Shortly before he died at the age of 45, Freddie, frail and wearing thick make-up, made his last video for the single These Are The Days Of Our Lives. The lyrics, I suggest, are almost unbearably poignant for ordinary fans, let alone the man left to mourn a deep personal loss. Jim answers but his voice trails off: “Obviously it’s a poignant one for me. I was actually in the studio when the video was made.”
Jim, 45, has finally written about their life together in Mercury And Me, published this week. You could mistake him for Saddam Hussein in the book’s cover picture and at least one Cruise missile has already been launched in his direction.
Freddie’s one-time lover and oldest friend, Mary Austin, now lives at Garden Lodge. She inherited it along with most of the rock star’s fortune. Mary is reported to have criticised Jim for kissing and telling, claiming the intensely private Mercury would not have approved.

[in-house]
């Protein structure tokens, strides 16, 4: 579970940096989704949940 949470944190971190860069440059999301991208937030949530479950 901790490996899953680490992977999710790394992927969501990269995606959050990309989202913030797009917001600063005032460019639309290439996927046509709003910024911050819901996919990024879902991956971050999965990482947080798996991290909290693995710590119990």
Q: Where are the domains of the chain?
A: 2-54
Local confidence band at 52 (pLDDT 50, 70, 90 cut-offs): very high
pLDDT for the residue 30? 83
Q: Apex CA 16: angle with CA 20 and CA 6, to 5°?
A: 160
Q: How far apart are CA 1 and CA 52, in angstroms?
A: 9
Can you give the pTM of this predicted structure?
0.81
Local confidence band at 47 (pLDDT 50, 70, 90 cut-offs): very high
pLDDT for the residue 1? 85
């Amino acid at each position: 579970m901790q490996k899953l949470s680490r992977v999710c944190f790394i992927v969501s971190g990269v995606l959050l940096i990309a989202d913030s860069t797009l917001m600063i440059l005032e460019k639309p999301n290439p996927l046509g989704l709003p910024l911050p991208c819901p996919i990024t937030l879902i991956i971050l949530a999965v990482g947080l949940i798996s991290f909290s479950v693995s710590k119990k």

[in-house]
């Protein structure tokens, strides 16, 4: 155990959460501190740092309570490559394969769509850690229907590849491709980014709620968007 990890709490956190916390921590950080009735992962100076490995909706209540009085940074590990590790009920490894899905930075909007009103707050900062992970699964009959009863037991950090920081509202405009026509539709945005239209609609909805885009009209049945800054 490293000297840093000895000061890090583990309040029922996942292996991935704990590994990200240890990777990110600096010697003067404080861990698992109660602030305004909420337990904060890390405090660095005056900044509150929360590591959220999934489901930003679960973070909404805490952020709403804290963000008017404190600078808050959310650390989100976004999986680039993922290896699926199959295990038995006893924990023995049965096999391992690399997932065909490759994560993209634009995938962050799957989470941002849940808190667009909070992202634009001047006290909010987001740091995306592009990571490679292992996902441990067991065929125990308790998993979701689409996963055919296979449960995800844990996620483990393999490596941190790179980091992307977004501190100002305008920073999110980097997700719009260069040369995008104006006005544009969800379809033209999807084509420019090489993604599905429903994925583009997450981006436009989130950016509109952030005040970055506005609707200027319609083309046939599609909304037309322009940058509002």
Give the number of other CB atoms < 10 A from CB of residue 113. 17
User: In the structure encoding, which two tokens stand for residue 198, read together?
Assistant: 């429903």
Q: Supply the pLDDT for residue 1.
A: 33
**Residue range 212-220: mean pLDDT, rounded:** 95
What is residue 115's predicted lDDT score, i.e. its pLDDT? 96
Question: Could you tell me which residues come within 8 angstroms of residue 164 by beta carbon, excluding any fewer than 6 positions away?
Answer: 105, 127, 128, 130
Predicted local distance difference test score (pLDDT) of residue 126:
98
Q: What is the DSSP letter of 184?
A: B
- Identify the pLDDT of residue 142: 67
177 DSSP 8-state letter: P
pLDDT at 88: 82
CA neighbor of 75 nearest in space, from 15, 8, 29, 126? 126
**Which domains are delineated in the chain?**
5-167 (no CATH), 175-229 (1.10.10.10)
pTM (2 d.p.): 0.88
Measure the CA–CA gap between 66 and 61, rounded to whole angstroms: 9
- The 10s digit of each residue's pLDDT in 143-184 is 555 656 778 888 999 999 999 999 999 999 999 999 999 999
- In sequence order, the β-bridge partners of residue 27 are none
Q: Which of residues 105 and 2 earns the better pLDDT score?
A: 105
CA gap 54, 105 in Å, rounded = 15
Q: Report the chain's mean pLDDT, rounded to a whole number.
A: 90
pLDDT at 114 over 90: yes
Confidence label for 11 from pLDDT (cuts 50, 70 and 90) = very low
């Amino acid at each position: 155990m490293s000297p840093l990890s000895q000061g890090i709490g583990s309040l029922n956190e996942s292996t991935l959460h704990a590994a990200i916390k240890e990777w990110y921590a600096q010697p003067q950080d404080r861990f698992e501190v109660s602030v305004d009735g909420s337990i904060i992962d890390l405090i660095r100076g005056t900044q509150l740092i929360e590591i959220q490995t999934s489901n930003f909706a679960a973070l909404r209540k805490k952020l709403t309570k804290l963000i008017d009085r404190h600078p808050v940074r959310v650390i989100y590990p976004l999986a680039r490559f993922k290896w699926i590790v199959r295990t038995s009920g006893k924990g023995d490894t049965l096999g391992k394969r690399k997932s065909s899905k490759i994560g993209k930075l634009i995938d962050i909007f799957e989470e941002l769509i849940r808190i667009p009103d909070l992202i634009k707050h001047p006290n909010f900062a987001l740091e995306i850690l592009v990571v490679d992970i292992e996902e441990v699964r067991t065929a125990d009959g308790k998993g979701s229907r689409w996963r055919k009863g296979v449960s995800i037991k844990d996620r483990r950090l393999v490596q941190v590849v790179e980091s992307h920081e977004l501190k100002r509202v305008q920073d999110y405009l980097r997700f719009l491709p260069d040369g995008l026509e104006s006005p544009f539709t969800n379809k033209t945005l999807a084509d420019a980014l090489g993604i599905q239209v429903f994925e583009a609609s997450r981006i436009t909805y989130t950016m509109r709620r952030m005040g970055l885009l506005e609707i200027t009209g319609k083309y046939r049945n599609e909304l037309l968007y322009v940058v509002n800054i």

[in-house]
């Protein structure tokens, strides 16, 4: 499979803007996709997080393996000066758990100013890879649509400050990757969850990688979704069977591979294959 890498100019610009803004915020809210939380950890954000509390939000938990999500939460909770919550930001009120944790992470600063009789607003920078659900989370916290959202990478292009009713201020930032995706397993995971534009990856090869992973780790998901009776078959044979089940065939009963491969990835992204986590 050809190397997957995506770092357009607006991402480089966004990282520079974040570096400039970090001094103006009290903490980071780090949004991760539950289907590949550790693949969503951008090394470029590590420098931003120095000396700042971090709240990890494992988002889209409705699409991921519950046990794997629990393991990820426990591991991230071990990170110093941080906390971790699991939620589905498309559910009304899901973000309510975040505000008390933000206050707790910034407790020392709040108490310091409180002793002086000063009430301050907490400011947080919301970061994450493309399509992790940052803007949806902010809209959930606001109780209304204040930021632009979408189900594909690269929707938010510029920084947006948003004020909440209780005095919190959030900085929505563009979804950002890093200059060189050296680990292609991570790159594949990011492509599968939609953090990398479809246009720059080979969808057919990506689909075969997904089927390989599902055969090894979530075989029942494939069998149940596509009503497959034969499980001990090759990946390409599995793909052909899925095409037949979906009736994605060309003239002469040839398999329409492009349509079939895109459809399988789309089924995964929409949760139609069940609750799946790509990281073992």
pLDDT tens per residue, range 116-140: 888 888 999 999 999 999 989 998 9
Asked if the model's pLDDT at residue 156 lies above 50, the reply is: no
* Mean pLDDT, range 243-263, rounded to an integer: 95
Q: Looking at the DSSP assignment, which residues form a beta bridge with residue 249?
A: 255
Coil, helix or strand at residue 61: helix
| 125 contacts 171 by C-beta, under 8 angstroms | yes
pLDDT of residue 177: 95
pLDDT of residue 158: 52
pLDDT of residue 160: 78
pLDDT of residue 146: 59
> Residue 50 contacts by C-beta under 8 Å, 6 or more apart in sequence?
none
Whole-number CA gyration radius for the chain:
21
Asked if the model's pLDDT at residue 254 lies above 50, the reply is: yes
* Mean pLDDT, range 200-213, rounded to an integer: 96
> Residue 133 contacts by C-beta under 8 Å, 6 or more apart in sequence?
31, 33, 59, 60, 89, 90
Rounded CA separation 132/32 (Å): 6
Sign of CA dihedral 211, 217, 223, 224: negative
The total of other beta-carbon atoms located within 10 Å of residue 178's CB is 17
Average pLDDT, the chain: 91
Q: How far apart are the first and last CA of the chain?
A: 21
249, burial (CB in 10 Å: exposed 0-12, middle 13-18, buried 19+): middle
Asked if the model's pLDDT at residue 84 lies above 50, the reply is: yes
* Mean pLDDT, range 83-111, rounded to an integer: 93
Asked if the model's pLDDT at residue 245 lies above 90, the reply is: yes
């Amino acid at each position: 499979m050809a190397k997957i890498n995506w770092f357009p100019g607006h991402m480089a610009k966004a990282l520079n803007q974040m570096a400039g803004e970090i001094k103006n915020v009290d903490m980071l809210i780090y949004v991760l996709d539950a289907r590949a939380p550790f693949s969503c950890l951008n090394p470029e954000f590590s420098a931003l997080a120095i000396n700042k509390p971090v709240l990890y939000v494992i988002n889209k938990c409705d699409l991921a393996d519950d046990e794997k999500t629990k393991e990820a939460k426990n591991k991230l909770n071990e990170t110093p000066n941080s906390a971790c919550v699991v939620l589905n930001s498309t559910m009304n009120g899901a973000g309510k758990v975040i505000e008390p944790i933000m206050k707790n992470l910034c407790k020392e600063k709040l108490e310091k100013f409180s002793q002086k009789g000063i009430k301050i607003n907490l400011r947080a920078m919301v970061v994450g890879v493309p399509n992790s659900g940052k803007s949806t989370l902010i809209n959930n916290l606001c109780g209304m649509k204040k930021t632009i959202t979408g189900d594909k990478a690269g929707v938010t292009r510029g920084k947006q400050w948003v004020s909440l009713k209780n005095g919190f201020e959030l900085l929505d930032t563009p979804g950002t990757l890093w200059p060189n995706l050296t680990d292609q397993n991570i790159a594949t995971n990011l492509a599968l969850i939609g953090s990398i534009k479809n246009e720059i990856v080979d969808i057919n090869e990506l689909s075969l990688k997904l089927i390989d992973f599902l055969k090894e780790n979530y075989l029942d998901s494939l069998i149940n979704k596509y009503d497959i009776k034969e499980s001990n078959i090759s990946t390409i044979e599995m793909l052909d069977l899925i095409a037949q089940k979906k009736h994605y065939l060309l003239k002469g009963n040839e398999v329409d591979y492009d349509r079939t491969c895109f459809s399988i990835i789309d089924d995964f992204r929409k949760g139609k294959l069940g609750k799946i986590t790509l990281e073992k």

He takes a slow drag on his cigarette and explains why he decided to write what is, in fact, a moving and honest account of their relationship. “The book, really, is for me. It’s helped me to, I suppose, cope with Freddie’s loss. I think when you sit down and start writing it down, things come out that you’ve really blocked out.”
He also wanted to correct some of the stories in the press. All the fans had to go on was what they had read in the papers. “They said Freddie died alone, there was nobody there, which would be a horrific way to die. We all got annoyed that the mighty Queen organisation didn’t move in and deny certain statements. Some of it was pure fiction.”